“They put the ball in my hands in the fourth and tell me to make plays and make shots,” Butler said. “I think as of late I’ve been a doing good job of that, but that could be anybody to tell you the truth. As many weapons as we have on this team, anybody could get the hot hand, anybody could put the ball in the basket — it’s just the last few nights it’s been me.”

All this begs the question: Why can’t Butler do this through the first three quarters?

Butler was just 2 of 9 for seven points as the Sixers managed to cut a 15-point deficit to five entering the fourth quarter. Having just played 38 minutes in Charlotte on the first night of a back-to-back, Butler offered a pretty simple explanation for why he couldn’t get going early Wednesday.

I was tired as s---. I’m not even going to lie to you. That back-to-back got me. And we didn’t have [Joel Embiid] last night either. So quarters one through three I was trying, it wasn’t going my way, but we won, so I don’t care about quarters one through three.

While it’s certainly fair for Butler to blame fatigue, there is probably a better analytical explanation.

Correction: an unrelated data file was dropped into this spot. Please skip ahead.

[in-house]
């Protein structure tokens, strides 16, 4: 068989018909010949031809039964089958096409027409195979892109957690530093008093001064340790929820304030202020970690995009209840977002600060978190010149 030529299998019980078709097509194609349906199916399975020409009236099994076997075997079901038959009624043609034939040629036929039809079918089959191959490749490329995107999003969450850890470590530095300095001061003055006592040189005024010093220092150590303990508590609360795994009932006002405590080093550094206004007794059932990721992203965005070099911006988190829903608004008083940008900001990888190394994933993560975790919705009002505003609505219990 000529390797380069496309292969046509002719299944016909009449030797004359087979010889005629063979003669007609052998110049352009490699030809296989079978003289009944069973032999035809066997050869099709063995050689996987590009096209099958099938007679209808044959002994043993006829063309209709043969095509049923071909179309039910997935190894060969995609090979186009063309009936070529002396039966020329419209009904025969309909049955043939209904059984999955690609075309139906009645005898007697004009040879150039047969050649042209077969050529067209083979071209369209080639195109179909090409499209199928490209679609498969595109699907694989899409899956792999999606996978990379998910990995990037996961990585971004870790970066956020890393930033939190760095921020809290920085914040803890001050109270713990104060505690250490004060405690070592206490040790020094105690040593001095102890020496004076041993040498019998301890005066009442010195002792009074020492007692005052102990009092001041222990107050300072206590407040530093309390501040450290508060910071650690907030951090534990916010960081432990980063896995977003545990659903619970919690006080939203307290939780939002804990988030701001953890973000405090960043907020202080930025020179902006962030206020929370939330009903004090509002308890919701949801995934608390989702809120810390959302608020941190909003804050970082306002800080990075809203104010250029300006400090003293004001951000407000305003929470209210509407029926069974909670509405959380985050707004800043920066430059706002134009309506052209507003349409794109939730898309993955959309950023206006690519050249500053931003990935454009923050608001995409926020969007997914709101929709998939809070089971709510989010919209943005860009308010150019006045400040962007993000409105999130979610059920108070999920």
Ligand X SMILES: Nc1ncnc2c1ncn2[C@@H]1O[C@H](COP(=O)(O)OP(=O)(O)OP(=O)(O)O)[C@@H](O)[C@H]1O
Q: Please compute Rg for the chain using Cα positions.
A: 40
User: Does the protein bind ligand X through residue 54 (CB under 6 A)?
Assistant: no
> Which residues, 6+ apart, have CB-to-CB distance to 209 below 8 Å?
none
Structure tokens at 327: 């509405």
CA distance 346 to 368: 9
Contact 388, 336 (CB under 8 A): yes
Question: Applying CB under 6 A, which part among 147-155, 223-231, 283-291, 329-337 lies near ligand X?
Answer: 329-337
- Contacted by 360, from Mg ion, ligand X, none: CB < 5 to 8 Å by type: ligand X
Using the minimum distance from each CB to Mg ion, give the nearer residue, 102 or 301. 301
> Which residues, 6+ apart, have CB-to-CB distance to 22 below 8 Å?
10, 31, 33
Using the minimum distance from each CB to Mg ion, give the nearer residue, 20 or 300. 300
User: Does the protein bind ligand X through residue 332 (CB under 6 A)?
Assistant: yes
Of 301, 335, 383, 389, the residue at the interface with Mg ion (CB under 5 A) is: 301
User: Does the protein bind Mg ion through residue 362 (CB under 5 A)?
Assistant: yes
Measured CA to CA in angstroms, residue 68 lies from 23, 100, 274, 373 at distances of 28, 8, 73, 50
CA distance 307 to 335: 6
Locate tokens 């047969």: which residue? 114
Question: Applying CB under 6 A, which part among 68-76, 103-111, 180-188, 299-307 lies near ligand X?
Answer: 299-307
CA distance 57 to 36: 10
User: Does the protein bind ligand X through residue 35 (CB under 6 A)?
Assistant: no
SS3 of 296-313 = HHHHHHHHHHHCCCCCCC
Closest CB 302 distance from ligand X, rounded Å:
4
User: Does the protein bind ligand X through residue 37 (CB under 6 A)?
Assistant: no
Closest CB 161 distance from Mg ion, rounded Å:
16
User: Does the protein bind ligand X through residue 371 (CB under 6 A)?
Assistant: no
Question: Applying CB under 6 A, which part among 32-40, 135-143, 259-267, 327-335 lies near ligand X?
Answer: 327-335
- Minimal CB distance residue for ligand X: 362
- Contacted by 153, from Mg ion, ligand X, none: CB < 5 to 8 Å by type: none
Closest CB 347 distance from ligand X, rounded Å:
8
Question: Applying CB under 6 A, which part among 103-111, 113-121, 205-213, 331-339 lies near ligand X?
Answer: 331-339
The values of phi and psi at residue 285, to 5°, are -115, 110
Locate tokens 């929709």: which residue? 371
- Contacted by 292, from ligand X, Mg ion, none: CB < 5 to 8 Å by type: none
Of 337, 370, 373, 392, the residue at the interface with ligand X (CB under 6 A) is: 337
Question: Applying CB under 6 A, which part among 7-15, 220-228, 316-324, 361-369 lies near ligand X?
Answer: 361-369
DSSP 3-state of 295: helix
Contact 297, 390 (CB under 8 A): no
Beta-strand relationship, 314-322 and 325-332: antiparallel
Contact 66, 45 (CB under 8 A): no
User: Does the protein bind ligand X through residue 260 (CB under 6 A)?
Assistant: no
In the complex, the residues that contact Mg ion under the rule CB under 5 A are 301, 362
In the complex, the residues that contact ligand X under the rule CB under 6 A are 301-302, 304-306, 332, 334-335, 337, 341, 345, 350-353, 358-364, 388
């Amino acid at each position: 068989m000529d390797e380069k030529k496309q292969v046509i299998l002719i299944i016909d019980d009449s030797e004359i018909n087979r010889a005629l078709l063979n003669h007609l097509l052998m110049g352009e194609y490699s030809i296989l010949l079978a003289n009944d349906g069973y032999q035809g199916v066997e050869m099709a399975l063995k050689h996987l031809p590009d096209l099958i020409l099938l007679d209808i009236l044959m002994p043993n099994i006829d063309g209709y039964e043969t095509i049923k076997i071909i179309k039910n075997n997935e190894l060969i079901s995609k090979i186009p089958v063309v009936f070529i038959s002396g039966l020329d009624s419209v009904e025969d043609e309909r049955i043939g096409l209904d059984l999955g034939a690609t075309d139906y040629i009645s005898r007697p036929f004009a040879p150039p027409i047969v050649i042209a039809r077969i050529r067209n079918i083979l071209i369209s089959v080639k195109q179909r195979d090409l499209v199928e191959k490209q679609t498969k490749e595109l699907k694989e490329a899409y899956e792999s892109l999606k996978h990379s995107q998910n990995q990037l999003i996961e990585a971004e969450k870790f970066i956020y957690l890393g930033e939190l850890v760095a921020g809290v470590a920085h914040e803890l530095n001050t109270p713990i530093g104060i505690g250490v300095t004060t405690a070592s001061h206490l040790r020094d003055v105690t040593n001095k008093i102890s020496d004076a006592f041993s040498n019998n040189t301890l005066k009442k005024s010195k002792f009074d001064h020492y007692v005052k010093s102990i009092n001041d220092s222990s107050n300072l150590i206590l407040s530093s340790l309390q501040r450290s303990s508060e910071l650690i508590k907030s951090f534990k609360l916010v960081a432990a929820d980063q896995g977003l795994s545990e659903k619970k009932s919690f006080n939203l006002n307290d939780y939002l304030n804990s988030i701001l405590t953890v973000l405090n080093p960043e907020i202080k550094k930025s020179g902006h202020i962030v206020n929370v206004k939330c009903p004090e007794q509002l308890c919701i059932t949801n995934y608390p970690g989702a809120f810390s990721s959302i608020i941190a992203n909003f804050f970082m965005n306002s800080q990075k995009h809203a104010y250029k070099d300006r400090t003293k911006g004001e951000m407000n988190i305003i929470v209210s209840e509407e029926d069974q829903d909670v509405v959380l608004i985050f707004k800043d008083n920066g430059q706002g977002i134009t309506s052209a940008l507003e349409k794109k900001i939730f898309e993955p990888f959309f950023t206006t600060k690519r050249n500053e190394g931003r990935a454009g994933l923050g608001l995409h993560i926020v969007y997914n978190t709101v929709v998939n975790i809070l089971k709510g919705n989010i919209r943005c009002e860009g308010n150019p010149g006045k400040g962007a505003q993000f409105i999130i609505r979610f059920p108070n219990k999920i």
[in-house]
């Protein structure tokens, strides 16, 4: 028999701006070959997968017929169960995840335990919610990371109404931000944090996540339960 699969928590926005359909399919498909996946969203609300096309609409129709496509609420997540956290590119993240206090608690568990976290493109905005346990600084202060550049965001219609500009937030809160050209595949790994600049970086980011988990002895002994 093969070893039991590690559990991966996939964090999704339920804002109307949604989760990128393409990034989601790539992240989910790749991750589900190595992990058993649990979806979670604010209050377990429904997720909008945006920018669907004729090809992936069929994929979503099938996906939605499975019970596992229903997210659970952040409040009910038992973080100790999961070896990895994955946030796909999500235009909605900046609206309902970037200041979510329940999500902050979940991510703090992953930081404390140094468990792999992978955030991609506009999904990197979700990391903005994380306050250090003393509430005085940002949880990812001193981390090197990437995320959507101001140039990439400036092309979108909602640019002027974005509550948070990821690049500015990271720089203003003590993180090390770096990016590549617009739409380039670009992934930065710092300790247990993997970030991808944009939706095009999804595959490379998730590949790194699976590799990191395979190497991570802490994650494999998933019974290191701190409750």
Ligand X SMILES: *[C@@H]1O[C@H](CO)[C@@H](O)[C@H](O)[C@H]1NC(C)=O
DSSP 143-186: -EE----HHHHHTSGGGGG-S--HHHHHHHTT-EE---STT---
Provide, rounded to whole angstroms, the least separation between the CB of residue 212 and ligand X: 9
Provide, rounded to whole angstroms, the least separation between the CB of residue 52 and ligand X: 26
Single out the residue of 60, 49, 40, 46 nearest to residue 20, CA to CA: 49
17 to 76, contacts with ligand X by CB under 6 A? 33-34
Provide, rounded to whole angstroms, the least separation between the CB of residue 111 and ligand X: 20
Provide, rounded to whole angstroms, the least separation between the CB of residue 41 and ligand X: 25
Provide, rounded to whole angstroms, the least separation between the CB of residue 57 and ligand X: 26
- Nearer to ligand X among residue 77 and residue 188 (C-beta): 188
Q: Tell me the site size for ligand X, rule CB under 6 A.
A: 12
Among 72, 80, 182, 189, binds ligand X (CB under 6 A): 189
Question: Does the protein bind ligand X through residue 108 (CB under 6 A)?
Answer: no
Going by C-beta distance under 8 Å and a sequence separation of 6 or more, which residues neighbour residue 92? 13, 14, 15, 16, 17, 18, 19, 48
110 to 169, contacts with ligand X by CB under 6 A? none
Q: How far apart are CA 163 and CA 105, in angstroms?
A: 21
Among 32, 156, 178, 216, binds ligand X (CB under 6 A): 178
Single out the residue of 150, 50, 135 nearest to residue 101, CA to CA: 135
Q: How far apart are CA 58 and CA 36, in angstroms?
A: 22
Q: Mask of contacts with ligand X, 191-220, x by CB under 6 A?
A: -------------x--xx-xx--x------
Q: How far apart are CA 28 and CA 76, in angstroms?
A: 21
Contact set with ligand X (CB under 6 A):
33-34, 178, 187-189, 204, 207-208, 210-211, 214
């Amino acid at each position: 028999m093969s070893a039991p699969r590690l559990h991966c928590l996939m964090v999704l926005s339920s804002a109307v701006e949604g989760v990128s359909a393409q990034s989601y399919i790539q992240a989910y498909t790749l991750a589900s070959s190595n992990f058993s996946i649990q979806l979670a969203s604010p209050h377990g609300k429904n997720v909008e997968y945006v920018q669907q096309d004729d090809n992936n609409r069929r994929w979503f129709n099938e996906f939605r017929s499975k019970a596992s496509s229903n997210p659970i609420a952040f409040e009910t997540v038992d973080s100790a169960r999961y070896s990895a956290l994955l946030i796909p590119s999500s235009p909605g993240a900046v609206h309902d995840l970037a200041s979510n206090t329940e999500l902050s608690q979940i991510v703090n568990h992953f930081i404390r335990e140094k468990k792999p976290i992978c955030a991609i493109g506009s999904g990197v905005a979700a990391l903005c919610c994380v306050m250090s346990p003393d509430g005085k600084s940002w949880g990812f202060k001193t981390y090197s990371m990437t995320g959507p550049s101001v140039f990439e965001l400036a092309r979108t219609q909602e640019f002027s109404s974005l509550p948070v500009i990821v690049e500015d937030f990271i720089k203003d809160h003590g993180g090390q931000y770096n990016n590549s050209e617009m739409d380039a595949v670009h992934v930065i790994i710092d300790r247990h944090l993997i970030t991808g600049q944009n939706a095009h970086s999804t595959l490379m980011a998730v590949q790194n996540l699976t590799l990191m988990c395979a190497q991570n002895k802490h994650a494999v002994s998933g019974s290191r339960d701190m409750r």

When the Sixers’ offense is going, there’s a focus on pace and space. Brett Brown’s system is predicated on player and ball movement. Even on a poor shooting night, the Sixers had more assists than the Celtics despite 11 fewer made field goals.

Butler is a player that excels in iso and pick-and-roll situations. While that may not fit perfectly into what the Sixers do offensively, in grind-it-out games like Wednesday against Boston and Sunday in Milwaukee, it’s necessary.

Before Butler’s arrival, there was no player Brown could turn to and just say, “Go get me a bucket.” 

Butler is that guy.

I don't think his demeanor changes. I think he's more comfortable in that static set where we're playing at a slower pace,” JJ Redick said. “There's a real value in having someone who's capable of making plays against a set defense, somebody who can shoot over the top of guys and really take advantage of mismatches. I don't know that you want to play that way for four quarters, but certainly at times going down the stretch, there's value in that.